A majority of previous case reports have agreed on the rarity of a primary ovarian ectopic pregnancy and on the difficulty of its presentation as well as diagnosis preoperatively [1, 5, 6, 8]. Management of primary ovarian ectopic pregnancies can differ between cases. Options include being managed by laparotomy , medical treatment, or laparoscopy, which aligned with our case .
A spontaneous bilateral ovarian pregnancy is rare. It may present without the classical symptoms of ectopic pregnancy and haemorrhage, which is a life-threatening diagnosis if missed and thus considered to be a leading cause of maternal mortality in the first trimester accounting from 4% to 10% of all pregnancy-related deaths . When there is suspicion of an ectopic pregnancy, ovarian locations should be kept in mind as early detection helps to determine timely intervention and management for these patients, which in turn improves the overall prognosis . Hence, the clinical perception of gynaecologists and radiologists is crucial. No correlation has yet been established between a history of infertility or recurrent extrauterine pregnancy with ovarian pregnancy . The presented case is an example of bilateral ovarian ectopic pregnancy in a nulliparous young lady, whose diagnosis was only confirmed after the histopathology report.
The datasets analyzed are available from the corresponding author upon reasonable request.
As part of King Hamad University Hospital’s admission policy, the admission consent form includes the right to use a patient’s clinical data for research purposes. The patient’s signed consent form is available from the corresponding author upon request.
Conflicts of Interest
No conflict of interest has been declared by the authors.
- J. V. V. Kadau, “Sonographic detection of ovarian ectopic pregnancy,” Journal of Diagnostic Medical Sonography, vol. 32, no. 5, pp. 299–303, 2016.
- F. José, J. D. Castañeda, and A. Miryam, “Bilateral ectopic pregnancy,” Journal of Minimally Invasive Gynaecology, vol. 14, no. 4, pp. 419–427, 2007.
- N. Lotfian, B. A. Talaei, B. M. Rahmani, M. Daiemi, and B. R. Rahmani, “Ovarian ectopic pregnancy: a rare case report,” Scientific Information Database, vol. 21, no. 11, pp. 1142–1148, 2017.
- L. D. Goyal, R. Tondon, P. Goel, and A. Sehgal, “Ovarian ectopic pregnancy: a 10 years’ experience and review of literature,” Iranian Journal of Reproductive Medicine, vol. 12, no. 12, pp. 825–830, 2014.
- F. Plotti, A. Di Giovanni, C. Oliva, F. Battaglia, and G. Plotti, “Bilateral ovarian pregnancy after intrauterine insemination and controlled ovarian stimulation,” Fertility and Sterility, vol. 90, no. 5, pp. 2015.e3–2015.e5, 2008.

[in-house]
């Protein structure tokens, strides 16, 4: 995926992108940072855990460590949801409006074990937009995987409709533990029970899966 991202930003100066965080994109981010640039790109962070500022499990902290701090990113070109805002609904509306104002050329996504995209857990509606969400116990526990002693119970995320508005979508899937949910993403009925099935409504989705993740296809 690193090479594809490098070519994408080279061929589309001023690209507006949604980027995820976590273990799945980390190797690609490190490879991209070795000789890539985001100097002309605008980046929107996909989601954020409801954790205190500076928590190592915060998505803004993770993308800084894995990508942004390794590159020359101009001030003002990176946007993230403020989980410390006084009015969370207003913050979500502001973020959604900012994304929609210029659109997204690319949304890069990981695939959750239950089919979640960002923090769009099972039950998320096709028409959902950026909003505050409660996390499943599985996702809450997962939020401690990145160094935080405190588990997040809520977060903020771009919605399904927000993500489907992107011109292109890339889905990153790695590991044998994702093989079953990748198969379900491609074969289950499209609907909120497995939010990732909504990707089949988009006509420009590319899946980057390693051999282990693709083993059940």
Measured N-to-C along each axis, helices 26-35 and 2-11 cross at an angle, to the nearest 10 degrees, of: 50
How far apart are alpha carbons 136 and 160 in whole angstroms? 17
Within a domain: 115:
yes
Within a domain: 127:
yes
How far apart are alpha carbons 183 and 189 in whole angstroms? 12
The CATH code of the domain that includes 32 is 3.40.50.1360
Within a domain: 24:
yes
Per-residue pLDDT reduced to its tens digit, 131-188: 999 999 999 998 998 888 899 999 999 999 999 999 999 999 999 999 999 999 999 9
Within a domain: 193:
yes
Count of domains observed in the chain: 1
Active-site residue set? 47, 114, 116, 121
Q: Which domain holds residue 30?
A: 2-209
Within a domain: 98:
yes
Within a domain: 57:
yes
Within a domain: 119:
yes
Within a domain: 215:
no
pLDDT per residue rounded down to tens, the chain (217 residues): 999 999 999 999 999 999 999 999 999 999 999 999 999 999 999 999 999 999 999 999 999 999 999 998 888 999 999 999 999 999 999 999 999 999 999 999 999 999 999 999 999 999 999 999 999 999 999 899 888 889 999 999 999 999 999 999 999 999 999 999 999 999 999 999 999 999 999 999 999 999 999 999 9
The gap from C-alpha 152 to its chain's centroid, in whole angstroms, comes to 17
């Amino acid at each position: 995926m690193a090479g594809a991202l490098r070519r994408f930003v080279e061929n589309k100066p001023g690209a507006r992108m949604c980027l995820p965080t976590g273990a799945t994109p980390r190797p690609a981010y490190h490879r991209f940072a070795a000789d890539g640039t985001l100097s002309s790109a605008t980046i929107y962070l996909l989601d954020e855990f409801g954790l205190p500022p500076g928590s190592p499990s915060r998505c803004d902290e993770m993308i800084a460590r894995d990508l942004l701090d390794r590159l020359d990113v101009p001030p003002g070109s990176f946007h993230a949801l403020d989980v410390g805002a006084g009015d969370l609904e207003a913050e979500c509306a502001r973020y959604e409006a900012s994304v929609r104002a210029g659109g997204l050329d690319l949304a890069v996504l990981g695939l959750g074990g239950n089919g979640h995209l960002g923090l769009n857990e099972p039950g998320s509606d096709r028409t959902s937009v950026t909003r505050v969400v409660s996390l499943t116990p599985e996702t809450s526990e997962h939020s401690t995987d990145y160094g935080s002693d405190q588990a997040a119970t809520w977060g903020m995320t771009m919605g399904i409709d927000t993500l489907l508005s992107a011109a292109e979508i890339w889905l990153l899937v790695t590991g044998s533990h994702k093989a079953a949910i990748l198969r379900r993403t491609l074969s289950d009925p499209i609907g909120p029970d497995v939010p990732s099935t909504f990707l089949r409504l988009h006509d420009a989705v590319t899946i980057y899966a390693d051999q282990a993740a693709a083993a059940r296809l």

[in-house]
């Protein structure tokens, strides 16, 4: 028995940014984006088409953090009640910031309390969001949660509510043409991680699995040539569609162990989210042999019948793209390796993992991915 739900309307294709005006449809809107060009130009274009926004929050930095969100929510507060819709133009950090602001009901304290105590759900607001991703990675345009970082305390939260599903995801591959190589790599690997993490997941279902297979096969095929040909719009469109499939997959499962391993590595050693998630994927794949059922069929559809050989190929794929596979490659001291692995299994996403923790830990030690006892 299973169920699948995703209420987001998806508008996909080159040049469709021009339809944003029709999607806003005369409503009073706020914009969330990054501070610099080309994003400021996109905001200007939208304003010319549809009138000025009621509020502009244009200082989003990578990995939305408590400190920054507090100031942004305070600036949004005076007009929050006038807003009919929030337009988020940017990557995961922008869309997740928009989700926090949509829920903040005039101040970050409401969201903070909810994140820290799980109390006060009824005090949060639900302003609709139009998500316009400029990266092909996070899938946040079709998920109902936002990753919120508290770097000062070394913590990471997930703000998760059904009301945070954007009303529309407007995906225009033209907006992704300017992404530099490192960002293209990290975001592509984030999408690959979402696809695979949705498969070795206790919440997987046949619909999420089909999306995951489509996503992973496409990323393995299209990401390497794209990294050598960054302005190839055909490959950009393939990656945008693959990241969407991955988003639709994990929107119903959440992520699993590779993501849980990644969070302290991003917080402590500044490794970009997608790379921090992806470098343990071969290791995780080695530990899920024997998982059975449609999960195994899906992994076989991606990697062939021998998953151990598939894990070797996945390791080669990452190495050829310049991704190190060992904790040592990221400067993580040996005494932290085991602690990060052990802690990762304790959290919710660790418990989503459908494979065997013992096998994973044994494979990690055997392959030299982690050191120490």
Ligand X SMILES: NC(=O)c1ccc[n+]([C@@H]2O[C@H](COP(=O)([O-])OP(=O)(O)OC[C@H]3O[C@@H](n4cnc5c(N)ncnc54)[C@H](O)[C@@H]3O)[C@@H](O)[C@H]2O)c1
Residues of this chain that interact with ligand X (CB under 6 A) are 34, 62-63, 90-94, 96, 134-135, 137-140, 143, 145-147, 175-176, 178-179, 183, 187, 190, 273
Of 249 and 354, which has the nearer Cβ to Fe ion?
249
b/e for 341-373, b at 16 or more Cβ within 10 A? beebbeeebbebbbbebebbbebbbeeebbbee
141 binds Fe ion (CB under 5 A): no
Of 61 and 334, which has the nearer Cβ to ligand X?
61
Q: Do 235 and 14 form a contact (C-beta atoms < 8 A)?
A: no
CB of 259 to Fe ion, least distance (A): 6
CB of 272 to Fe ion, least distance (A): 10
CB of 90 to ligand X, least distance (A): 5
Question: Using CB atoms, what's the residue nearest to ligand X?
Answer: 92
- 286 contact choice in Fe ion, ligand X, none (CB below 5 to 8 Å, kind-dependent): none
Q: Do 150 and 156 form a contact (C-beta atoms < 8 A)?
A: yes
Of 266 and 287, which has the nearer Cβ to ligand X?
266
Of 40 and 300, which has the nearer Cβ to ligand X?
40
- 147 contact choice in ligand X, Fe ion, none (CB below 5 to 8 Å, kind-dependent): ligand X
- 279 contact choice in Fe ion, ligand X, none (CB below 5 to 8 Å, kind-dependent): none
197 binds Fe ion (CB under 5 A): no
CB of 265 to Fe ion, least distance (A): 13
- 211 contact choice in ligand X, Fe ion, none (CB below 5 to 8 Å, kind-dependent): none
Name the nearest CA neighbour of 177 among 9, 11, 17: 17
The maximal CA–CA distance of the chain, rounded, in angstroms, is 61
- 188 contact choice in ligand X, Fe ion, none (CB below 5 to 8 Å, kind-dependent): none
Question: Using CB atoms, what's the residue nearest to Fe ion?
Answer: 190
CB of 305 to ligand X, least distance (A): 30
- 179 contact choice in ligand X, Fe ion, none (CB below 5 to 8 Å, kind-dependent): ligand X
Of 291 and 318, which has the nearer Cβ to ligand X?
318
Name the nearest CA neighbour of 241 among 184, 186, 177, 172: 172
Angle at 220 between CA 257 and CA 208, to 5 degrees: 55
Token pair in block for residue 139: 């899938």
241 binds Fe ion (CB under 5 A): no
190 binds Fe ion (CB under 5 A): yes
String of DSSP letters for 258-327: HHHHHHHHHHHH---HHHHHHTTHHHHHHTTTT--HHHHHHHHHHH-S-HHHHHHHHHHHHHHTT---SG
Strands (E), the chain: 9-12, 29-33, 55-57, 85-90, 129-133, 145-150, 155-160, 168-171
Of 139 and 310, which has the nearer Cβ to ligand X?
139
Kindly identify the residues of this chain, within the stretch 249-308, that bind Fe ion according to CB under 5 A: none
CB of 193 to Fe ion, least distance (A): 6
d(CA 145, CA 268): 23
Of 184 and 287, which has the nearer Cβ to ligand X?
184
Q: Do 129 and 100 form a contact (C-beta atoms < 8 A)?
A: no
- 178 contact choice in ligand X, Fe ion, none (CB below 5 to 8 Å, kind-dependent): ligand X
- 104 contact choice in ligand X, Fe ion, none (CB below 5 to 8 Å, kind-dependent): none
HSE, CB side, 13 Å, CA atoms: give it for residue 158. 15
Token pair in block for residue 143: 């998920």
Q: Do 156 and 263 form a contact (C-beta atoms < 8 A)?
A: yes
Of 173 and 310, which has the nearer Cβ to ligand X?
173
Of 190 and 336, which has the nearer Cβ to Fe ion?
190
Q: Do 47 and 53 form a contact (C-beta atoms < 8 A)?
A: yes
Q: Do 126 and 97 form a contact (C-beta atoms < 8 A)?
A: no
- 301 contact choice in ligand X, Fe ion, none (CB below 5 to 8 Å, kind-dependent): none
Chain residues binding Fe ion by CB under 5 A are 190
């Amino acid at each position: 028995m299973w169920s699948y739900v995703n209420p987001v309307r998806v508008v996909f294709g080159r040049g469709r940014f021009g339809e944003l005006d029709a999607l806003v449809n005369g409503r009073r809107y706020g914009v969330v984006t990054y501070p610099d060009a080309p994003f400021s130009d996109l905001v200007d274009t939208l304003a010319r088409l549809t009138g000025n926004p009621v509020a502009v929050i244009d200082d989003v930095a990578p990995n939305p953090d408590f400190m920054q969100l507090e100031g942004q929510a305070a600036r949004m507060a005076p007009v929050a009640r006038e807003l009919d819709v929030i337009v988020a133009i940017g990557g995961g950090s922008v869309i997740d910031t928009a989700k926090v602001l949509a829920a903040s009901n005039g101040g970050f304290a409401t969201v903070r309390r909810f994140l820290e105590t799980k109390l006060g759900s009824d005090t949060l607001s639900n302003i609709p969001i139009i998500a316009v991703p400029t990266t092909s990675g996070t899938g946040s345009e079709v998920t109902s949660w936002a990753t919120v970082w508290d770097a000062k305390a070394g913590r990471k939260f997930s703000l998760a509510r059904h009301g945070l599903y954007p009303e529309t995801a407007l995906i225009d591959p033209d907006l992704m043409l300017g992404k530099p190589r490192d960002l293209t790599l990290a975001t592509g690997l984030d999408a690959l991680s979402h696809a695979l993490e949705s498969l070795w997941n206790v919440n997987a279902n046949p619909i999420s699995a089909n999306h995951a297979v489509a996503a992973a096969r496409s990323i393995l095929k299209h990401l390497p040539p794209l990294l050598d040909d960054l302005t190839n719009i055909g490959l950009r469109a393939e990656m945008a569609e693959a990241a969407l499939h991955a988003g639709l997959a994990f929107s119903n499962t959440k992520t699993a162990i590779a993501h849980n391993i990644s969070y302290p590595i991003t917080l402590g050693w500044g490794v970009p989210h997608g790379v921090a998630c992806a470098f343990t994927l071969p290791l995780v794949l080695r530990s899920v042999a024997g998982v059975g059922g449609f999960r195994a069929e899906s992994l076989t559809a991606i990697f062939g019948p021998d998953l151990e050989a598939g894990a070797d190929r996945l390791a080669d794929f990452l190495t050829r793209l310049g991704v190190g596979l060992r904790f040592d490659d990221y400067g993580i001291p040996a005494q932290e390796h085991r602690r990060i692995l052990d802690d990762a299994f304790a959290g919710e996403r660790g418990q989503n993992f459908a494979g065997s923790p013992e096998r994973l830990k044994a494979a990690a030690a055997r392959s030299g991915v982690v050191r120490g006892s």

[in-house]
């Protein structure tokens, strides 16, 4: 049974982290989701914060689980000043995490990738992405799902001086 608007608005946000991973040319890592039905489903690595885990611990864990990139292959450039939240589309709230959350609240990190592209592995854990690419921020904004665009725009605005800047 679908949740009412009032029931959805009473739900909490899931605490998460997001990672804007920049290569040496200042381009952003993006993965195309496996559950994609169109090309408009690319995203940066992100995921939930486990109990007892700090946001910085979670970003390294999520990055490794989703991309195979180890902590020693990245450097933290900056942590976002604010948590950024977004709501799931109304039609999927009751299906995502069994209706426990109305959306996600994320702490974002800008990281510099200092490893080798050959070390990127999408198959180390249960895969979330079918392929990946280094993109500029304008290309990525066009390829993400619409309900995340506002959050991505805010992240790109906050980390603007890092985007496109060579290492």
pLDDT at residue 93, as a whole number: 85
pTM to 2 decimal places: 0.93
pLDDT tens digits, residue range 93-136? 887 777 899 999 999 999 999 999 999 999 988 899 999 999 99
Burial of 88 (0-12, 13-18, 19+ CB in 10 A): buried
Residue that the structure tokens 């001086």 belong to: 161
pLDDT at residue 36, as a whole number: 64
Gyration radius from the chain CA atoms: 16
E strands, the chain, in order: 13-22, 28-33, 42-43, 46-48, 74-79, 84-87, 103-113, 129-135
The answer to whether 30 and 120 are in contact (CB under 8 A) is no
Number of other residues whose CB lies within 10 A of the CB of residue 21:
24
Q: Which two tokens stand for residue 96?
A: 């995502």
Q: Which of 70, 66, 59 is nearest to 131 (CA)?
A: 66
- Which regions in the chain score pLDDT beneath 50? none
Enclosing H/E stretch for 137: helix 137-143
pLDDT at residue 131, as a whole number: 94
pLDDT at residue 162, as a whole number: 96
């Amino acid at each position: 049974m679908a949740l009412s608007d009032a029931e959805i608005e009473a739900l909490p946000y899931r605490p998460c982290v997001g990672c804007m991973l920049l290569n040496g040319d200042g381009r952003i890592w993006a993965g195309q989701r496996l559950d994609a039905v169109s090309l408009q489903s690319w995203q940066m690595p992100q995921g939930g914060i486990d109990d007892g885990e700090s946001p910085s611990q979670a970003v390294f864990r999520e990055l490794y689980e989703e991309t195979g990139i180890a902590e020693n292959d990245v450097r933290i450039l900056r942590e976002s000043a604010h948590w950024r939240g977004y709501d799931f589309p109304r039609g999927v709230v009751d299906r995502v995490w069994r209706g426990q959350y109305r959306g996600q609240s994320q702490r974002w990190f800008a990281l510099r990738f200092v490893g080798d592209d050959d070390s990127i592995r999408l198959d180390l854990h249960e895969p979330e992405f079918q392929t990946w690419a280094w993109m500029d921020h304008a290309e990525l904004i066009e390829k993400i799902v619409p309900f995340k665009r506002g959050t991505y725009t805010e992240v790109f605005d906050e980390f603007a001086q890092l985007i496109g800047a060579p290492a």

- F. Samiee-Rad, M. Ziaee-Ardestani, M. Kalhor, and B. Keshavarzi, “Primary ovarian ectopic pregnancy: a case report,” Biotechnology and Health Sciences, vol. 4, no. 1, pp. 45–48, 2017.
- F. Sergent, F. Mauger-Tinlot, A. Gravier, E. Verspyck, and L. Marpeau, “Ovarian pregnancies: revaluation of diagnostic criteria,” Journal de gynecologie, obstetrique et biologie de la reproduction, vol. 31, no. 8, pp. 741–746, 2002.
- N. V. Manjula, G. Sundar, S. Shetty, B. K. Sujani, and D. Mamatha, “A rare case of a ruptured ovarian pregnancy,” Proceedings in Obstetrics and Gynaecology, vol. 1, no. 2, pp. 1–5, 2010.
- N. Raine-Fenning, S. Sur, A. W. Horne, H. Wilkinson, and T. Bourne, “Pregnancy of unknown viability or location: less is more in the majority of cases,” Journal of Family Planning and Reproductive Health Care, vol. 38, no. 1, pp. 7–10, 2012.
- A. Alleyassin, A. Khademi, M. Aghahosseini, L. Safdarian, B. Badenoosh, and E. A. Hamed, “Comparison of success rates in the medical management of ectopic pregnancy with single-dose and multiple-dose administration of methotrexate: a prospective, randomized clinical trial,” Fertility and sterility, vol. 85, no. 6, pp. 1661–1666, 2006.
- T. Tulandi, “Ectopic pregnancy: epidemiology, risk factors and anatomical sites,” 2020.
- A. O. Alalade, F. J. Smith, C. E. Kendall, and F. Odejinmi, “Evidence-based management of non-tubal ectopic pregnancies,” Journal of Obstetrics and Gynaecology, vol. 37, no. 8, pp. 982–991, 2017.
Copyright © 2021 Abdulrahman D. Mahroofi et al. This is an open access article distributed under the Creative Commons Attribution License, which permits unrestricted use, distribution, and reproduction in any medium, provided the original work is properly cited.